The Substation guide to yoga styles
Whether you want to relax, have a workout or get in touch with your spiritual side, there is a yoga class to suit you. And you don’t have to be bendy………….but where do we start when there are so many different styles to choose from?
Most forms of yoga in the West can be classified as Hatha Yoga. Hatha simply refers to the practice of physical yoga postures. The word “hatha” can be translated two ways: the yoga of activity or the yoga of balance. Hatha practices were designed to align and calm your body, mind, and spirit in preparation for meditation.
Anusara means ‘flowing with grace’. The emphasis is on opening the heart space physically and emotionally by connecting with your sense of playfulness and joy. It is an upbeat yet demanding take on Hatha yoga developed in the late 1990s in the USA with strong philosophical and alignment principles. In keeping with the theme of the heart, poses are instructed from the inside out, focusing on what they feel like rather than what they look like.
A physically demanding, flowing style of yoga was developed and bought to the west by Sri K. Pattabhi Jois (1915-2009). Postures are held for a relatively short period (5 breaths is common) and practised in a set sequence. The emphasis is on internal locks (bhandas), fixing the gaze (dristi) and cultivating a powerful breath (ujjayi).
This style of yoga can help to settle your baby, improving their digestion & sleep. As a parent, you will have time to bond with your baby, learn how to communicate with them, build confidence in handling them while giving yourself time to heal after your pregnancy and release tension.
Any style of yoga practised in an intentionally heated room is Hot Yoga. This includes Forrest Yoga, Baptiste Yoga, and CorePower Yoga. It is not uncommon to also find yin or restorative yoga taught in a heated room. In these classes, temperatures anywhere from 30 to 40 degrees Celsius are said to help you sweat out toxins while you work toward increased strength and flexibility.
The Iyengar method is internationally respected for its detailed structural approach. Props are often used to aid correct alignment and enable students – regardless of age or flexibility – to access the benefits of challenging postures and progress at their own pace. BKS Iyengar (1918-2014) was one of yoga’s chief modern global ambassadors with a direct lineage to the ancient teachings via his brother-in-law Sri T Krishnamacharya.
A vinyasa-based style founded in New York by Sharron Gannon and David Life, featuring hands-on adjustments, Pranayama and chanting accompanied by music that enhances the ‘focus of the month’. Jivamukti means ‘liberated while living’.
Kirtan refers to chanting, traditionally one of the many practices of yoga. Indian instruments such as the harmonium and drum accompany the chant while Sanskrit mantras and repeated in a call and response fashion, bringing about a stilling of the mind and a connection to our ‘feeling’ rather than ‘thinking’ state. You don’t need to be a good singer to enjoy kirtan!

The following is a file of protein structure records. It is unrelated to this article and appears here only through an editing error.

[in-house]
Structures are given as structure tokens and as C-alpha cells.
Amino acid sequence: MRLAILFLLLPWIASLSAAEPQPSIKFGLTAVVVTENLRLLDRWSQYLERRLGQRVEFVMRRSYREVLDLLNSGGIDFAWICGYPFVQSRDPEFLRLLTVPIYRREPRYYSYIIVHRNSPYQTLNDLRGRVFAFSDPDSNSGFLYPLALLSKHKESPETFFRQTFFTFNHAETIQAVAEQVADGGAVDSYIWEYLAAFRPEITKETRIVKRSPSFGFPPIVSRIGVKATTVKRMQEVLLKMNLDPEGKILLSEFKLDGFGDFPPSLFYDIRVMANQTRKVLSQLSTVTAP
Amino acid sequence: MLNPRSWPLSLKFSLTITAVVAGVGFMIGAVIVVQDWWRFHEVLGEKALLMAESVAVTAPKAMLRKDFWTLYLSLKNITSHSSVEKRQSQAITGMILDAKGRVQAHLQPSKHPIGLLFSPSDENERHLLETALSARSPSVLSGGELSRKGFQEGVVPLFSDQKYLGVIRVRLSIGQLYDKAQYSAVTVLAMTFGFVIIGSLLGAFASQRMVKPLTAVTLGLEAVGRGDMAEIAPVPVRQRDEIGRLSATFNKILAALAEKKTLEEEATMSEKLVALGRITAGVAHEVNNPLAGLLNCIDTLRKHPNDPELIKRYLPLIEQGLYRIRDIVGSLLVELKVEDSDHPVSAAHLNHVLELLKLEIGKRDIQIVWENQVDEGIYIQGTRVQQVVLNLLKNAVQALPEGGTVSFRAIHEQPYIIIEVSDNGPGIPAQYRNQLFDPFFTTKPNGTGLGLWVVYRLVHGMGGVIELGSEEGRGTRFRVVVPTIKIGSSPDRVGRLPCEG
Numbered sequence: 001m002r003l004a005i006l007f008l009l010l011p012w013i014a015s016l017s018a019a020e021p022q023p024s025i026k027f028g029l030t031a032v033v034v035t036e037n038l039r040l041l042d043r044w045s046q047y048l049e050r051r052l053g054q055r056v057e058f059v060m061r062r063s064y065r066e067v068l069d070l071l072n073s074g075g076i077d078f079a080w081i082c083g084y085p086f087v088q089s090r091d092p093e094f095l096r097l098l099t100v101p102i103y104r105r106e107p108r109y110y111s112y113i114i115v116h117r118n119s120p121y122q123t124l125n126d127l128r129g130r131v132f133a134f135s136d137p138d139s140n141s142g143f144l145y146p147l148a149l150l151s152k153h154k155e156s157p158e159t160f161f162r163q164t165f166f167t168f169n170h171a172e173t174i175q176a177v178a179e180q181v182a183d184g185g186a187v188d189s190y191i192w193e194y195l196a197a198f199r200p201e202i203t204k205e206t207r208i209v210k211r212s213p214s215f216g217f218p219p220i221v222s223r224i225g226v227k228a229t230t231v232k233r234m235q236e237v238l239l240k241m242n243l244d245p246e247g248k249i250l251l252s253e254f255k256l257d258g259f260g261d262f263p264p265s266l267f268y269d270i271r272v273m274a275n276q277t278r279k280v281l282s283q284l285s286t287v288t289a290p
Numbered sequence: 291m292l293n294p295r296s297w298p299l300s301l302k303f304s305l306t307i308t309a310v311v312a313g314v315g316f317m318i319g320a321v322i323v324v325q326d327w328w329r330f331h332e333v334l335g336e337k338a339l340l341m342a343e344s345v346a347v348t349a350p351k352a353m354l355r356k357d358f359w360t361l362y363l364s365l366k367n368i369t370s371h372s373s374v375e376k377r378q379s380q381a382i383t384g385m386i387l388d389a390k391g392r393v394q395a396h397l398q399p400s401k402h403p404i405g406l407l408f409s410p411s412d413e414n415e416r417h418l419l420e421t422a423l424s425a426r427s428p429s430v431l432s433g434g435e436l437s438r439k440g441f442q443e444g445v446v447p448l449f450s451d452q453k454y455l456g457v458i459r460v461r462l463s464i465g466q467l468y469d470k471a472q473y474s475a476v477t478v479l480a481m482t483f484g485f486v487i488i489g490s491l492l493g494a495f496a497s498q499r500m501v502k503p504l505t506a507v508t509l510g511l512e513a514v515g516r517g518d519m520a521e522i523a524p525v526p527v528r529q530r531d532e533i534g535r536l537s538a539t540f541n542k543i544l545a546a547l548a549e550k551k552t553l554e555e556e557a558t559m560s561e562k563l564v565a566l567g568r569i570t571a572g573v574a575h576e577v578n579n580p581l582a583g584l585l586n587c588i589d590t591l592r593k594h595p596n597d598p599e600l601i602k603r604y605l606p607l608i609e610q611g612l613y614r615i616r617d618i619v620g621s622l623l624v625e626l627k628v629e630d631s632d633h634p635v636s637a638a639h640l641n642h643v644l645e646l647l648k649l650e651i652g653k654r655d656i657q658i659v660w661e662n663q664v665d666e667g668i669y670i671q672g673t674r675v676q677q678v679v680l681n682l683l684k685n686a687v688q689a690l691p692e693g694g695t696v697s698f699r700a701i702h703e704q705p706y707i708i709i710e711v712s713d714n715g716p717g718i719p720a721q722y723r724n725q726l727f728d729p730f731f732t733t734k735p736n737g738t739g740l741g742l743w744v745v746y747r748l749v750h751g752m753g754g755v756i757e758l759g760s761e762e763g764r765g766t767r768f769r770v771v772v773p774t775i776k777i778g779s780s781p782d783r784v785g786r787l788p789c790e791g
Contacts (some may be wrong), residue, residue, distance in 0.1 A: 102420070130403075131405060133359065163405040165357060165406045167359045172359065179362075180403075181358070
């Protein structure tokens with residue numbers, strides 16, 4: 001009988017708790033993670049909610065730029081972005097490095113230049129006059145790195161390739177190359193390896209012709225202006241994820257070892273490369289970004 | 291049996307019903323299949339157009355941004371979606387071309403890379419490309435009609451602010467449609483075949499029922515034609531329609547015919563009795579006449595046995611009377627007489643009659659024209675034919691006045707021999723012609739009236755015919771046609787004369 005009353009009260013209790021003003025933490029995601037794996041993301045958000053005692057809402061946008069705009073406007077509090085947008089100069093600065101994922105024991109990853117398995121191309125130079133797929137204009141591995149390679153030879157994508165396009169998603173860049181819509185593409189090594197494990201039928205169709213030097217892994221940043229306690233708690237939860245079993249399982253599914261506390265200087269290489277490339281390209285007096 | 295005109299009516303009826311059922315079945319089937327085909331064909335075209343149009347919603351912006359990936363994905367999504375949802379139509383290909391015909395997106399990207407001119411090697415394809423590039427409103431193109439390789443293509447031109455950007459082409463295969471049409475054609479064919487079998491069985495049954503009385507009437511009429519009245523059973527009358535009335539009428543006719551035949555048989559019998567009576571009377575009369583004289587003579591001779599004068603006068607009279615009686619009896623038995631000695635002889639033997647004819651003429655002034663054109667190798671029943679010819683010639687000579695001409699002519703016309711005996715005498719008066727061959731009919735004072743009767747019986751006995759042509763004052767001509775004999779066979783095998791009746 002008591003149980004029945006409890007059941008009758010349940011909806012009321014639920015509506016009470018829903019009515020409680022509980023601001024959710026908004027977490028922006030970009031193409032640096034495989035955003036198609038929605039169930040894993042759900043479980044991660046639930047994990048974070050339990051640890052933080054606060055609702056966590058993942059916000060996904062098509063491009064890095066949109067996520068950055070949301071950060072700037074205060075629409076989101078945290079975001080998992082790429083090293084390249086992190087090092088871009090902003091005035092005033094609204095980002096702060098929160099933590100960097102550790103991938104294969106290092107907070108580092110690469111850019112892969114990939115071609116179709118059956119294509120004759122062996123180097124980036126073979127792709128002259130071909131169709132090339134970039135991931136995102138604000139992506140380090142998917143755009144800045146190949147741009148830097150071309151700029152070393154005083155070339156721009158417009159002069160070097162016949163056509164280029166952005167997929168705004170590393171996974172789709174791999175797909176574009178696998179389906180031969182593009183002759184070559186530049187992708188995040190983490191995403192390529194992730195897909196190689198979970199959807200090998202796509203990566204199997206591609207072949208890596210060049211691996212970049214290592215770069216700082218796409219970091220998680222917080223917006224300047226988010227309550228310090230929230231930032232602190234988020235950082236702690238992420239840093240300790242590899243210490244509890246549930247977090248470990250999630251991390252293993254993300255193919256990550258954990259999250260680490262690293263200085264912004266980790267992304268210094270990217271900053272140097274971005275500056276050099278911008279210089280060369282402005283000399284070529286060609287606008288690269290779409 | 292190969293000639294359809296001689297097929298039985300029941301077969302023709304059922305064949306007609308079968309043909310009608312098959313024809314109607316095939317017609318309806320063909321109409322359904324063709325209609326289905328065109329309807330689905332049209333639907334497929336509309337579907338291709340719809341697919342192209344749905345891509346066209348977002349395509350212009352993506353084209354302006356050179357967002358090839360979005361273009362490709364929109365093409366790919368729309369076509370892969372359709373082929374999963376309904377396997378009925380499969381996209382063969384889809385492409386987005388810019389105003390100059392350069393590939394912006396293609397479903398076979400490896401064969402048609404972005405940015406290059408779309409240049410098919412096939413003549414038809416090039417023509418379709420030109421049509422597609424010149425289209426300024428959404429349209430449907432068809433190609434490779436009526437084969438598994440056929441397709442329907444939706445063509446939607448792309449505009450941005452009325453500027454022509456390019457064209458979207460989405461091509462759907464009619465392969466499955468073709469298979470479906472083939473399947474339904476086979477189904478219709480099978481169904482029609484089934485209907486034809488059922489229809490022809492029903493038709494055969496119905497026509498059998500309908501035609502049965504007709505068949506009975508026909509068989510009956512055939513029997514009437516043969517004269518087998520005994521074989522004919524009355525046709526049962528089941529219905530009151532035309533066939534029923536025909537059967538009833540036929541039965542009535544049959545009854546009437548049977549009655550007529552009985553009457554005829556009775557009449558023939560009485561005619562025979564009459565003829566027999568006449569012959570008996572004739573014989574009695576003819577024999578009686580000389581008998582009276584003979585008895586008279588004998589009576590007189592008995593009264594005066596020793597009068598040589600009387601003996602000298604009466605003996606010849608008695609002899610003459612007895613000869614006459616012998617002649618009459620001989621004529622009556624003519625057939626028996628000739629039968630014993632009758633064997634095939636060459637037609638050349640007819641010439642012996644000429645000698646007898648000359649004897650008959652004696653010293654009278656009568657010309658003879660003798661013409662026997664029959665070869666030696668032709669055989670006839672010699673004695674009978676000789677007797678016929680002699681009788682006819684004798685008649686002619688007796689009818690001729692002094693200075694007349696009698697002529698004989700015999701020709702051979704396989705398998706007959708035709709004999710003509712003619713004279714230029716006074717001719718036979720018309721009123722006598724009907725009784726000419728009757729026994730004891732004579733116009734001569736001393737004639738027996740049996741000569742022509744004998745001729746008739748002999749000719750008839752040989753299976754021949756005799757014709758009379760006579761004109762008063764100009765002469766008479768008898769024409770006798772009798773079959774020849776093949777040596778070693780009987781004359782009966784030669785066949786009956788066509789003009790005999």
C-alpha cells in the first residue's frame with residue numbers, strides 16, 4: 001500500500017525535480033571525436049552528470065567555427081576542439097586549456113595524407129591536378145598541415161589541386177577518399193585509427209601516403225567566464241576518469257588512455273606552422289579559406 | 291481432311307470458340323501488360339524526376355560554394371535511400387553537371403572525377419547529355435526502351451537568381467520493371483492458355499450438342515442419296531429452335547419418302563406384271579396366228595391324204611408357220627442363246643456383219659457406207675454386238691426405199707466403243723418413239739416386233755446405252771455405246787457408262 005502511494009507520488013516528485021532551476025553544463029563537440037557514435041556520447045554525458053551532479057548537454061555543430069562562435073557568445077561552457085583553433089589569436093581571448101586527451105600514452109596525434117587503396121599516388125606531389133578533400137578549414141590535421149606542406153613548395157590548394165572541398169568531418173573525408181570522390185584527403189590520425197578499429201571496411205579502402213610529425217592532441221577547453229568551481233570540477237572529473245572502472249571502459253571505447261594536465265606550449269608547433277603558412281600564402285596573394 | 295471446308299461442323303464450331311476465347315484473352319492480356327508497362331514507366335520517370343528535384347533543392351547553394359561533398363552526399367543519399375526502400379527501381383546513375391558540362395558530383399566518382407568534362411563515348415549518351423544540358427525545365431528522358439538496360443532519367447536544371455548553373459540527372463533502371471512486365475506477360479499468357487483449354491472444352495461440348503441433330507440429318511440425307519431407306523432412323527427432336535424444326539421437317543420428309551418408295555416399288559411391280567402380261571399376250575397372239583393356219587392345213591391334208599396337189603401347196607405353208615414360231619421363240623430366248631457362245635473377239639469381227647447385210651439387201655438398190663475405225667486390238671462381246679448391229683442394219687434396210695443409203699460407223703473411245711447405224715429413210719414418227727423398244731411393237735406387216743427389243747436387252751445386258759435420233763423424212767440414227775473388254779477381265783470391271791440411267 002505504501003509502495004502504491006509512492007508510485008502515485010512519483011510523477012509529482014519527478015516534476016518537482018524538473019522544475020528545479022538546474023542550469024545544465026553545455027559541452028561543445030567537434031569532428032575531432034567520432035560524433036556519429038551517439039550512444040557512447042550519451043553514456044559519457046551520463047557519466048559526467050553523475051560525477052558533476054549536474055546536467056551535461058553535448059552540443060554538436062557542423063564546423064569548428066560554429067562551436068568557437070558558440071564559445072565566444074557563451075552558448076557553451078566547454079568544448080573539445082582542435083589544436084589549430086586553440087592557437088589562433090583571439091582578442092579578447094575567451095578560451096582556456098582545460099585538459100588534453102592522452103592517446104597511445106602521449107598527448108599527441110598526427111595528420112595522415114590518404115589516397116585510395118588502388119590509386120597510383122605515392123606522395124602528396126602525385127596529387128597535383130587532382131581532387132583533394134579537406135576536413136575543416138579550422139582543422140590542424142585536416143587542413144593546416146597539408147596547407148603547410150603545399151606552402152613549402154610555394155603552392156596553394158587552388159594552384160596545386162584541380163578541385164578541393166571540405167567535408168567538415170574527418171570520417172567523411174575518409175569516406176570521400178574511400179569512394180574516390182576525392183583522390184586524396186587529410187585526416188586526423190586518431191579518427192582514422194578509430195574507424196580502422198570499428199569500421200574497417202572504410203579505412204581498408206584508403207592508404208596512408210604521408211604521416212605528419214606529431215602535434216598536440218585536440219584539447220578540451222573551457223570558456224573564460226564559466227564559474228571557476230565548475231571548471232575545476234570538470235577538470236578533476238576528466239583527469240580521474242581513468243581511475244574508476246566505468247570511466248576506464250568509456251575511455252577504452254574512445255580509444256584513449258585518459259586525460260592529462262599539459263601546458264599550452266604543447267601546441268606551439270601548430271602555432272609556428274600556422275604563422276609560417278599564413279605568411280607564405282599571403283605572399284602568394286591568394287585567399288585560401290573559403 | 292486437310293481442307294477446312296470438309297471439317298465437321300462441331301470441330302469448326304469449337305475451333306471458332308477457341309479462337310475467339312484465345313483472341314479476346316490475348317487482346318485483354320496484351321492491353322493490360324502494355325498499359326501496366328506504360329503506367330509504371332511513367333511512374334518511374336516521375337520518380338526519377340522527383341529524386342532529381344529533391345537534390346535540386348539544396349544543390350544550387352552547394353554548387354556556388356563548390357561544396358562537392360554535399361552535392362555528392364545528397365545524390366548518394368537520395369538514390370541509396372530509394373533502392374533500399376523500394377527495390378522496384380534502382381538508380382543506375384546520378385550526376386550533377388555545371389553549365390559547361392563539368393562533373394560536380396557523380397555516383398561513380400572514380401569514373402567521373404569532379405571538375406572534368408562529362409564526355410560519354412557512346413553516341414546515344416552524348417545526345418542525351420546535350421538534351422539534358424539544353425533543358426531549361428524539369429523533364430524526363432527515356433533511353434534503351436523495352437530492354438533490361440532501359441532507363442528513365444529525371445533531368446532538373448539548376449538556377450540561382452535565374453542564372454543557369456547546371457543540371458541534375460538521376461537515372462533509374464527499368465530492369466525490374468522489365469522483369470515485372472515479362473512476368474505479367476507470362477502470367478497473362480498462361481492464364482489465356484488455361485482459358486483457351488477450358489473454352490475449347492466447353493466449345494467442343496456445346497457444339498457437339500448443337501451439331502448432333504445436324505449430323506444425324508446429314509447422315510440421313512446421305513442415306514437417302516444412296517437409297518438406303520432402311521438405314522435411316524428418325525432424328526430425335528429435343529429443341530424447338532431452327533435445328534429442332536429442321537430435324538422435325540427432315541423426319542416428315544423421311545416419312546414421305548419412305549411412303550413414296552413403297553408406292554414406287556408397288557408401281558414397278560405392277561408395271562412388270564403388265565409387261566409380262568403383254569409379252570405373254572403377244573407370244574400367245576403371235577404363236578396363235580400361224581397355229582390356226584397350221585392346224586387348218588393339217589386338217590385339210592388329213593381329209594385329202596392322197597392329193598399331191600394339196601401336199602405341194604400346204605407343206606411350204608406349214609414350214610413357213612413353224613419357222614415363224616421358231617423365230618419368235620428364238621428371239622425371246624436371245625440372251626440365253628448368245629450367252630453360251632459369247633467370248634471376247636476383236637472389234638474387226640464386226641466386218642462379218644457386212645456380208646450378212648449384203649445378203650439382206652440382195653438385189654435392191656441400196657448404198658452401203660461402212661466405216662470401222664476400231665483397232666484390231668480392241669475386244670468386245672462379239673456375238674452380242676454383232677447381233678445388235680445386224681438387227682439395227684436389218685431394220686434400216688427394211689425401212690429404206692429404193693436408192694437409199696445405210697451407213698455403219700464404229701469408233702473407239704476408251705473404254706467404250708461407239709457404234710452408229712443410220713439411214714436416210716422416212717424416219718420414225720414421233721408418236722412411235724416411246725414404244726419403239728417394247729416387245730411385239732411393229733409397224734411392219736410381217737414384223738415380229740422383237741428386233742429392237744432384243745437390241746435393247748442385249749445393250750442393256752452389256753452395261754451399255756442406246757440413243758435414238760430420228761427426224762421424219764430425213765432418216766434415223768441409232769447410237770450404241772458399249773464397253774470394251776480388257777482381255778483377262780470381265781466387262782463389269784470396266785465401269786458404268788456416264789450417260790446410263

This style of yoga was designed to awaken energy in the spine. Kundalini yoga classes include meditation, breathing techniques such as alternate nostril breathing, and chanting, as well as yoga postures.
This style of yoga is designed to support mothers-to-be on their individual pregnancy journeys, from conception all the way to birth. Classes will help you meet your changing physical and emotional needs while addressing any unexpected challenges that might arise. They will give you the tools you need to
A restorative yoga sequence typically involves only five or six poses, supported by props that allow you to completely relax and rest. Held for 5 minutes or more, restorative poses include light twists, seated forward folds, and gentle backbends. Most restorative practices are based on the teachings of B.K.S. Iyengar.
A dynamic style of yoga in which movement is instructed with the breath (for example, ‘inhale as you raise your arms, exhale as you fold forwards’). Poses are held for a relatively short period and the flowing transitions are as important as the poses. In Sanskrit Vinyasa means ‘to place in a special way’ and comes from the yogic technique of ‘vinyasa krama’ – ordering your yoga practice intelligently so that each step is a step in the right direction toward your goal. When applied to asana practice, this means linking postures in such a way that each provides the groundwork for the next so that challenging poses are attempted once the body has been strengthened and opened.
This is a practice developed by teacher Paul Grilley to stretch the body’s connective tissue, particularly around the joints. A slow-paced floor-based style of yoga with postures that are held for longer periods of time ranging between three to five minutes. The initial intention of this practice was to prepare the body to be able to sit in long meditation sessions and to act as a counterpoint to movement-oriented vigorous yang styles of yoga.
These are just some of the most popular styles of yoga. There is a class to suit you whatever your body type or temperament. How to find the one that’s right for you? Our advice is to start with a Hatha or beginners class, then explore some different styles and teachers. Yoga is not a static thing, and it’s good to balance energetic styles with slower and more introspective styles. In this way yoga gives us a way to find balance in our minds and bodies.
Did you know that we have hot Hatha, vinyasa, yin, yin + yang restorative, pregnancy, baby yoga and beginners’ yoga classes taking place every week in our lovely studio? Read all about our instructors and find the right class for you here. Do you have a friend who’d like to try yoga? Substation members can bring a friend for free! And both of you get a pizza to share! Just let us know your friend’s name when you book your class.